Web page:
Angry Young Fools

For all of my complaints about Salon.com‘s leftist propaganda, it really is a great website. It’s updated daily with interesting and original content, and I thoroughly enjoy Cary Tennis’ advice column. For example, today I took perverse pleasure in reading this letter from an individual full of politically-based rage.

For all of my complaints about Salon.com‘s leftist propaganda, it really is a great website. It’s updated daily with interesting and original content, and I thoroughly enjoy Cary Tennis’ advice column. For example, today I took perverse pleasure in reading this letter from an individual full of politically-based rage.

I hate to take pleasure in another’s discomfort, but it amuses me that people get so passionate about such things. It’s impossible for most of these people to know the real truth and thus earn the right to such passion. I know how it feels, because I’m one of them. I get in heated debates over political issues, only to see them evolve into philosophical arguments with no solid foundation in real-life events. That’s why I’m struggling to ignore world affairs; if I’m going to get passionate about something, I’d rather it be about a belief and not corrupted by some vague awareness of “facts”.

The news is not a reliable source of truth. You’re not “staying informed” by following the news. Well, that’s not entirely true–you are staying informed of what the news organizations want you to hear. They are businesses, and will run stories that draw the biggest audience. If they were focused on reporting events of worldly and historical significance, we wouldn’t get persistent coverage of some chick’s disappearance. There are some exceptions, like the BBC to some extent, but even they are guilty of sensationalism.

I just feel that such passion and anger needs to be earned in order to be taken seriously. An example would be if you were personally affected by particular world events. Otherwise it’s just so much bluster that serves only to further your own self-actualization.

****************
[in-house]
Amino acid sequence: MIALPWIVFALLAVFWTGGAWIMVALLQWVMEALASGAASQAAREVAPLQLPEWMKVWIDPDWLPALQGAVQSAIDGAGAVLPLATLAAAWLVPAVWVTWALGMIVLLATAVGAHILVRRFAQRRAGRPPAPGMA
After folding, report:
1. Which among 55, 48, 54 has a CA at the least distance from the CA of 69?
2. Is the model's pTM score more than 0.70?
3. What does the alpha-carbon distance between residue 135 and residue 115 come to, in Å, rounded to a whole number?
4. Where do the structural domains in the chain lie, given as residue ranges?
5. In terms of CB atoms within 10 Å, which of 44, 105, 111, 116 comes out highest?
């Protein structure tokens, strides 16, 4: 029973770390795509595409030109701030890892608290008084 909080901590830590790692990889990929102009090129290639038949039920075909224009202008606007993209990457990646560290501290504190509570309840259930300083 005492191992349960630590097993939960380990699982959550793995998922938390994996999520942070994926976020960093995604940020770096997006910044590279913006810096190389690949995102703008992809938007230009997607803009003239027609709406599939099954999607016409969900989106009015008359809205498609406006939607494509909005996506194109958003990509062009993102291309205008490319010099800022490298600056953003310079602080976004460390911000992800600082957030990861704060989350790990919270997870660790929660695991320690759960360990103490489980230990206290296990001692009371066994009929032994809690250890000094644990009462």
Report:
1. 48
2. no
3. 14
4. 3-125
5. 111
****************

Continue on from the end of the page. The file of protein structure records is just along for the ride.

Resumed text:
-Matt

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Angry Young Fools

2 thoughts on “Angry Young Fools

  1. Couldn’t agree more with the idea that it’s silly to become so passionate about certain things, since we, the public, are not aware of all the facts.

    However, I take issue with the wording of “earning the _right_”… I see it as more like “the privelege of me having any respect for your anger”. Everyone has the “right” to feel any emotion at any time, in my opinion.

    It’s interesting to consider the perspective of an agonized leftist in today’s political climate: the writer of that letter has fantasies of (I’m deducing) violence against politicians because they aren’t doing what he thinks is correct. But the majority of our population elected Bush and a Republican congress, true to our democratic form of government. So, if p (democracy) implies q (Republican gov’t), then not-q (Democratic party gov’t) implies not-p (not democracy), like some kind of dictatorship or monarchy. Would that really be better? And is that really what he would prefer?

    — Voidious

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  2. Yeah, “earning the right” to be angry probably isn’t the best way to put it. I guess I’m thinking of it as a philosophical or moral right.

    That’s an interesting point about the democracy issue. I’ve noticed that both sides of the political debate seem to respect public opinion only when it suits them. When Bush got reelected, a common liberal response was “well, Americans are stupid”, but now that his approval rating has fallen, all of a sudden public opinion is respected again.

    -Matt

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